‘Hooray for the red, white and blue” is a favorite July hue and cry — with emphasis on “hue.” But if all this “red state”/“blue state” talk this political season has gotten you leaning too far one way or the other in the yard, then how about going with the good ol’ U.S. of A. melting pot purple? Purple foliage is quite popular among plant breeders and garden enthusiasts.
Purdue University’s Rosie Lerner gives us a look at some possibilities to consider:
Japanese Maple – There are many cultivars available in the trade. Some have purple foliage all summer while others may be purple only in spring and/or autumn.
Redbud “Forest Pansy” – This particular cultivar of redbud has rich purple leaves as they emerge in spring fading to deep greenish purple by summer’s end. Some specimens may have purplish red to orange fall color.
Crabapples – There are a number of cultivars with purplish green foliage. Look also for those that are resistant to apple scab and fireblight diseases.
Purple-leaf Plum – While quite popular, this species is quite susceptible to a number of insect and disease problems, so it may be short-lived in the landscape.
Purple-leaf European Beech – There are a number of purple-leaved cultivars of this large specimen tree. Be sure you have room for it to achieve its large, graceful stature.
Note: Purple-leaved selections of Norway maple used to be popular but are no longer recommended for planting due to invasive self-seeding.
Weigela – There are several cultivars of Weigela in the trade that feature purple foliage in addition to pink flowers that are particularly attractive to hummingbirds.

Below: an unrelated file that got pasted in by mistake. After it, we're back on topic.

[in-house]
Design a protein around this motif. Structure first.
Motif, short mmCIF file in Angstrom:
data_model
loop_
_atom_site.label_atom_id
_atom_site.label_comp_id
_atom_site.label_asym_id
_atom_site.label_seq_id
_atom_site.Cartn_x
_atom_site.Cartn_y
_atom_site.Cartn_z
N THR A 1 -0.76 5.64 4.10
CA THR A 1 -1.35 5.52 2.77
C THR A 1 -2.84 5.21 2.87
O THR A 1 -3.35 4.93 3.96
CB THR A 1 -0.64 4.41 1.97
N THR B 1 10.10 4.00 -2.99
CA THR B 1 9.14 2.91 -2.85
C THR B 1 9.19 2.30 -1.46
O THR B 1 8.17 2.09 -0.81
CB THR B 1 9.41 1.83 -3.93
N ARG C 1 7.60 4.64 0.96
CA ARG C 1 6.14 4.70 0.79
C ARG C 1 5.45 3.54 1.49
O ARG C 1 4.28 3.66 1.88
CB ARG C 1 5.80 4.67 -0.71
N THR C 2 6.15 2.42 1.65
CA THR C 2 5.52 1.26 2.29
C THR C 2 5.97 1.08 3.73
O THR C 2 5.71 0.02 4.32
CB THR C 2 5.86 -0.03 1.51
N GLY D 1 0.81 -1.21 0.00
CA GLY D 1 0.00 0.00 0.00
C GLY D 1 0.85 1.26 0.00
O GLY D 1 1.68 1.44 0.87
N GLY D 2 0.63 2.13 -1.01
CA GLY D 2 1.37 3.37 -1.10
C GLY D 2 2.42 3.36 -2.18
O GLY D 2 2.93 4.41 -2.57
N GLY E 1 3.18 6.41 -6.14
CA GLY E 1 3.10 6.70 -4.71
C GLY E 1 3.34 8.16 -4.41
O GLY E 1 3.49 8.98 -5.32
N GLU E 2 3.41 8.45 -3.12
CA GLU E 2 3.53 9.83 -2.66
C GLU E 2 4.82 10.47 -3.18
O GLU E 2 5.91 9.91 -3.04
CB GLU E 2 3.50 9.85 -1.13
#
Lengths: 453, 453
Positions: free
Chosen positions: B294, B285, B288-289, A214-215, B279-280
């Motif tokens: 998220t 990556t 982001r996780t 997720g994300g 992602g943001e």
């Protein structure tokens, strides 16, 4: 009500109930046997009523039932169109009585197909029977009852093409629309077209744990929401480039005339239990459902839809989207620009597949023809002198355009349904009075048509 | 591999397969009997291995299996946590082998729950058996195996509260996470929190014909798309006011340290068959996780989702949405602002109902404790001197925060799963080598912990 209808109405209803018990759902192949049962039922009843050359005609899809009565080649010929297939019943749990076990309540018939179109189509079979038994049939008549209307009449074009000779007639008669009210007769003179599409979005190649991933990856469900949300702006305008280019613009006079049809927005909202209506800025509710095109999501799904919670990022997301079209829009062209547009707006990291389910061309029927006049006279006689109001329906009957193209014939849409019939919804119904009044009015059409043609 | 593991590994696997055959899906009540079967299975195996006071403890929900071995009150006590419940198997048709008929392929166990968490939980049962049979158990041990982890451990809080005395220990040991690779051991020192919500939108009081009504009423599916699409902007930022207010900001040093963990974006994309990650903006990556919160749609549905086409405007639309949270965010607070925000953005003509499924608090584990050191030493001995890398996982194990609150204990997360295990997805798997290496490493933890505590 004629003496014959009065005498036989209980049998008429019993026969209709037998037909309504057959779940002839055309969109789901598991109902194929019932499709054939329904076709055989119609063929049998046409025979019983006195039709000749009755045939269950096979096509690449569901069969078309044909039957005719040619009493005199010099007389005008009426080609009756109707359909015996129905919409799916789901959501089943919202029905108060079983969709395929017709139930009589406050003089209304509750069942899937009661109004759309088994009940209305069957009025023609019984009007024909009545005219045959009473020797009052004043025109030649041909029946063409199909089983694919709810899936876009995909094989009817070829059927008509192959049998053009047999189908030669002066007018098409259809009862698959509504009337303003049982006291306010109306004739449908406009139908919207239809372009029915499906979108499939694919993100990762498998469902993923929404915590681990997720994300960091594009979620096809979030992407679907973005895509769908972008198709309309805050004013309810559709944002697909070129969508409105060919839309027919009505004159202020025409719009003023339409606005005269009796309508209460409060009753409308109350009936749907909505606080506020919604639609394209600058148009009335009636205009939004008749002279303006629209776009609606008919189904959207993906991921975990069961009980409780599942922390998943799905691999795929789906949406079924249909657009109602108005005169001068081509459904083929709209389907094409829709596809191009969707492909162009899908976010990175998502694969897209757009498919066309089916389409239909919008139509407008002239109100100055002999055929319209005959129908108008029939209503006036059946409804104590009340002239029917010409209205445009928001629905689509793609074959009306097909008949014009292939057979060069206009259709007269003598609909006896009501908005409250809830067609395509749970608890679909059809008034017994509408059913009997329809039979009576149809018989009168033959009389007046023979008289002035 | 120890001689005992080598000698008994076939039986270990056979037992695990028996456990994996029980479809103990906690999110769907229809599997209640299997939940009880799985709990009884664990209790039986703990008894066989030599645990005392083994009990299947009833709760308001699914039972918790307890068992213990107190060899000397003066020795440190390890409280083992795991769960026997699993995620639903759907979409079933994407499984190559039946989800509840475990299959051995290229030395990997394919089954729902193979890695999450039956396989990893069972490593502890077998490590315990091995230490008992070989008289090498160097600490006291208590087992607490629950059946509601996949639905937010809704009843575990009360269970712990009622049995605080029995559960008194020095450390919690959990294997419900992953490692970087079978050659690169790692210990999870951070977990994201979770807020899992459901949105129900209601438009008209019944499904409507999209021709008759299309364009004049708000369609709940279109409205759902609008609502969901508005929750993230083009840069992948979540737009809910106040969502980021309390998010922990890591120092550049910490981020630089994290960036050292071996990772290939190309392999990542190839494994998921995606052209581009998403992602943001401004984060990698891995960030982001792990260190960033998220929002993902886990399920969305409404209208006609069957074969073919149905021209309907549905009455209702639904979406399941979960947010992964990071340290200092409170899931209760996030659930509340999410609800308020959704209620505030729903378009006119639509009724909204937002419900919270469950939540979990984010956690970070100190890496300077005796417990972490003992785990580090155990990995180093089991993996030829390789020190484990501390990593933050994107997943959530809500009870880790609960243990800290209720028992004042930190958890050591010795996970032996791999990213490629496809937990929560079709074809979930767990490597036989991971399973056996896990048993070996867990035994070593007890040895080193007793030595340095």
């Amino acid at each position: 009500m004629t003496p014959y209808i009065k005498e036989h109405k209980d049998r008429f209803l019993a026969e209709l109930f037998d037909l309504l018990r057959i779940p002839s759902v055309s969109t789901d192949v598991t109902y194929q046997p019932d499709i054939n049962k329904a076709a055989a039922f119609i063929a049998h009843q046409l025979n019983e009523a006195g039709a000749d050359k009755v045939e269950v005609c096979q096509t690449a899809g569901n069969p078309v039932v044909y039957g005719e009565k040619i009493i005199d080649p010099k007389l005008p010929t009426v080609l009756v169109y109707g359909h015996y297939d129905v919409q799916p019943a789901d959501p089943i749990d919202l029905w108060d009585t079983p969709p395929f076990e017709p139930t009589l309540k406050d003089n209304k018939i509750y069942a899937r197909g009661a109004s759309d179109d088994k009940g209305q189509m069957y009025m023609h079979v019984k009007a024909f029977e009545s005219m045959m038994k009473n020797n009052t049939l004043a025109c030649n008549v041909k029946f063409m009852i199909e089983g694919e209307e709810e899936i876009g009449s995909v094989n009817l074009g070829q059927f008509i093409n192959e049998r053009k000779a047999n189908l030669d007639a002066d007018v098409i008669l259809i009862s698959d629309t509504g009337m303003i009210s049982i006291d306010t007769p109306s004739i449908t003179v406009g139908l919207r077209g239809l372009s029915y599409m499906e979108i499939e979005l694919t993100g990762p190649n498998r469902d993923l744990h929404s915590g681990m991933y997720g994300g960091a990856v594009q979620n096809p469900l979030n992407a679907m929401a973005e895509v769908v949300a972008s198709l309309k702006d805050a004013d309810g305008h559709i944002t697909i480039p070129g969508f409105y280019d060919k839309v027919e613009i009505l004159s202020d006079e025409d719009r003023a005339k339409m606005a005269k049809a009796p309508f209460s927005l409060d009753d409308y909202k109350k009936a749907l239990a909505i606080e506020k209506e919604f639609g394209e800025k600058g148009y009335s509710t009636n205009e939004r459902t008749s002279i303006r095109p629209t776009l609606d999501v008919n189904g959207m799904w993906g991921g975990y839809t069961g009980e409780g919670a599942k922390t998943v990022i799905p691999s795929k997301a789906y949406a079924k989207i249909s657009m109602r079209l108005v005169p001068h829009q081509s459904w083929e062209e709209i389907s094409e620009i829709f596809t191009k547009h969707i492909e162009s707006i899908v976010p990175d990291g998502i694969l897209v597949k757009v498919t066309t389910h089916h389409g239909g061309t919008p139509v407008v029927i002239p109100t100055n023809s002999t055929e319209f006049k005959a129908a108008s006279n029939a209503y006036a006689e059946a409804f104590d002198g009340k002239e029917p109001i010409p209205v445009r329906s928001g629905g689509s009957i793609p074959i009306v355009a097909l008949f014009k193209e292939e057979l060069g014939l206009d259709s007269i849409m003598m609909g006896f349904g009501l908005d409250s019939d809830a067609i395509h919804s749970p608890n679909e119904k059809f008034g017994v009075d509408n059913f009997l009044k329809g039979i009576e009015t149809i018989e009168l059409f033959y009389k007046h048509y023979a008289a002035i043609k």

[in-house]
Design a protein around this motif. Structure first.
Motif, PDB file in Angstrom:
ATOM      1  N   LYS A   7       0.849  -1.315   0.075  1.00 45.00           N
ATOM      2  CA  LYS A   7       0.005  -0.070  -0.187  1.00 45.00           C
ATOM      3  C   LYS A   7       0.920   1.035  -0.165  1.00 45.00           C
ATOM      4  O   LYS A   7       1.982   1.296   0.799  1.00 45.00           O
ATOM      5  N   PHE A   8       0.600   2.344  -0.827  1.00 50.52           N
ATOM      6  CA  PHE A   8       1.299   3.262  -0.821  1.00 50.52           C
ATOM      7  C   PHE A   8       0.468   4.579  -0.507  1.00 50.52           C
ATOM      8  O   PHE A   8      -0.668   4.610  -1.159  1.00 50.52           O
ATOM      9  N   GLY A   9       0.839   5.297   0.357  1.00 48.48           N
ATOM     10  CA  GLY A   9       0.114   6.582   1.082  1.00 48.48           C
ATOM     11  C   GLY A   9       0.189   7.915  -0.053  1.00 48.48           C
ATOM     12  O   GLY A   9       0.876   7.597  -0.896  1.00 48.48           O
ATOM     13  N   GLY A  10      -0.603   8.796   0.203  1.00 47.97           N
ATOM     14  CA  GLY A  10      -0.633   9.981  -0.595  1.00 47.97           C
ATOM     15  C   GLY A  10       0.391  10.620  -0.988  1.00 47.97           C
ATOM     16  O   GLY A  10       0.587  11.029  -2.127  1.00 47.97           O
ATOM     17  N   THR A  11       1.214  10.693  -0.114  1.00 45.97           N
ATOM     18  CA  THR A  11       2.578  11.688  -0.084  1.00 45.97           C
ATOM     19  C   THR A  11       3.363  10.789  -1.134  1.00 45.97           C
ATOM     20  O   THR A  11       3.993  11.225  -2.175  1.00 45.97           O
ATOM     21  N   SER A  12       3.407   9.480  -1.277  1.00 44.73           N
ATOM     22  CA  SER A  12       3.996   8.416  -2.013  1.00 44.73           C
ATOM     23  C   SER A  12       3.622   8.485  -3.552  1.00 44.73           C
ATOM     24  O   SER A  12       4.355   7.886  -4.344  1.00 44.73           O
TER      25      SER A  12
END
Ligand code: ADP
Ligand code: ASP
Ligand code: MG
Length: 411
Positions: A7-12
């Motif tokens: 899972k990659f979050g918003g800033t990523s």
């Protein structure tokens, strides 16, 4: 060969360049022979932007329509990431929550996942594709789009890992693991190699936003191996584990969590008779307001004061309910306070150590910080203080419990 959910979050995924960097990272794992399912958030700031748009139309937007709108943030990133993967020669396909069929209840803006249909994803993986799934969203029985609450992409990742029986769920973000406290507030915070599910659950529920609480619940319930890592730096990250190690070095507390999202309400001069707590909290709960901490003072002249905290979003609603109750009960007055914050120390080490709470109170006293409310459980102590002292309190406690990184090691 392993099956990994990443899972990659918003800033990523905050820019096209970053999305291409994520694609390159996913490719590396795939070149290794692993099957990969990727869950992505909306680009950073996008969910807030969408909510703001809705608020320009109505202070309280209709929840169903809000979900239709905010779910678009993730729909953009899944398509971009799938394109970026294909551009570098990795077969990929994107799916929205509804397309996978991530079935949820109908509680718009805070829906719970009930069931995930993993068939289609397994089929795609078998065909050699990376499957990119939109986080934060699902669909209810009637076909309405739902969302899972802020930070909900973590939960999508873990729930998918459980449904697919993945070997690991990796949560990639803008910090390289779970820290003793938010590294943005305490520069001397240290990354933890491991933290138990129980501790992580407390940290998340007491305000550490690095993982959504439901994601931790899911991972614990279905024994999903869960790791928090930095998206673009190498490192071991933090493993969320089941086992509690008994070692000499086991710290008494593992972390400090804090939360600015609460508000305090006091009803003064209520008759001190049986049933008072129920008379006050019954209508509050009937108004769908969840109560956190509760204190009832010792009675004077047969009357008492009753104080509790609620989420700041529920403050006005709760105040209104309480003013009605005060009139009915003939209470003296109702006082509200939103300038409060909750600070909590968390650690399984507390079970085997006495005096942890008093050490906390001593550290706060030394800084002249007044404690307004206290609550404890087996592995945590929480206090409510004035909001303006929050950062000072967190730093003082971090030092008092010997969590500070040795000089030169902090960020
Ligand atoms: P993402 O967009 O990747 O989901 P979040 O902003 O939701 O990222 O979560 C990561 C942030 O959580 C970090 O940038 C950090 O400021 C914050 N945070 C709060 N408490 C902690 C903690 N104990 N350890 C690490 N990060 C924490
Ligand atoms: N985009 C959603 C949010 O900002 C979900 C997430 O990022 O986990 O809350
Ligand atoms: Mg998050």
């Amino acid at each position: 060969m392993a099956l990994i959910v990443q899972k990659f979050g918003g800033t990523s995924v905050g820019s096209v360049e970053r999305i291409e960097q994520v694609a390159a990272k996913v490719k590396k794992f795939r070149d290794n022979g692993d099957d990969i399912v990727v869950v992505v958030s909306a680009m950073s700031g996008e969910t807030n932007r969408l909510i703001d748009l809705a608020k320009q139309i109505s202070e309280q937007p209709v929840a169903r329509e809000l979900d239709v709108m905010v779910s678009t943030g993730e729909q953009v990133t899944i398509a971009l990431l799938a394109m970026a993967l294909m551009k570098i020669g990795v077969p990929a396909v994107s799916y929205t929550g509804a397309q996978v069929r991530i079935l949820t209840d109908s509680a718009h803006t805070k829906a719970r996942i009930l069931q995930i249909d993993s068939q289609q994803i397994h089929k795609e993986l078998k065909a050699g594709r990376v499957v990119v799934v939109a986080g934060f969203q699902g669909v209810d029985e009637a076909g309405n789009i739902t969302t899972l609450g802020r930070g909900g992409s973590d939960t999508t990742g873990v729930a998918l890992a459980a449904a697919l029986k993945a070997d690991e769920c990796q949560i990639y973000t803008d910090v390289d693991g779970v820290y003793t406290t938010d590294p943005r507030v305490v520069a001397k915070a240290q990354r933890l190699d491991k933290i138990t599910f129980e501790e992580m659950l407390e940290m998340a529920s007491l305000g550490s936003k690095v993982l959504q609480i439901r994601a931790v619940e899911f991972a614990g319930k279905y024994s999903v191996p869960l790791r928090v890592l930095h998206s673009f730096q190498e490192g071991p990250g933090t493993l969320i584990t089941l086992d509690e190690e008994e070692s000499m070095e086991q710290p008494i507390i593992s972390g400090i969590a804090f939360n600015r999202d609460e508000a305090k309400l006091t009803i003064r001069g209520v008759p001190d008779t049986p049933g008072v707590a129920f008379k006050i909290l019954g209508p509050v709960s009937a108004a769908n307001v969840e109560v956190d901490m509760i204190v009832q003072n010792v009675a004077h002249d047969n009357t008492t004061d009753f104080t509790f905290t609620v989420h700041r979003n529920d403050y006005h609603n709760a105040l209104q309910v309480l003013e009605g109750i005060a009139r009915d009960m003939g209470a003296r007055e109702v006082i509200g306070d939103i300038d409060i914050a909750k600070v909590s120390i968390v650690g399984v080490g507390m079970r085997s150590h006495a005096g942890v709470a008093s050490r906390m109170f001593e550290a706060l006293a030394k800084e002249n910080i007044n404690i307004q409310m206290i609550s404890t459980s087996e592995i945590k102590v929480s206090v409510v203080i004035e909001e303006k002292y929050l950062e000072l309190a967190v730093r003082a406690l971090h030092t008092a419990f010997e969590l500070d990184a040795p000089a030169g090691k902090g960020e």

Ninebark – Several cultivars of this native shrub feature pinkish white blooms in spring and interesting peeling bark for winter interest in addition to purple foliage during the growing season.
Smokebush (also known as Smoketree) – Numerous cultivars are available featuring purple foliage. This plant can be grown either as a large, multi-stemmed shrub or a small, single trunk tree. The name smoke refers to the pinkish-purple hairy puffs of flower stalks that remain on the plant throughout the summer.
Elderberry “Black Beauty” and “Black Lace” — These shrubs feature dark purple foliage throughout the growing season, with large clusters of small pink flowers in early summer, followed by dark purple berries. Plants can get quite large but can tolerate hard pruning.
Diervilla “Kodiak Black” — A dark purple leaved cultivar of the native shrub bears yellow flowers in summer. This species is also known as bush honeysuckle, not to be confused with the invasive alien honeysuckle species.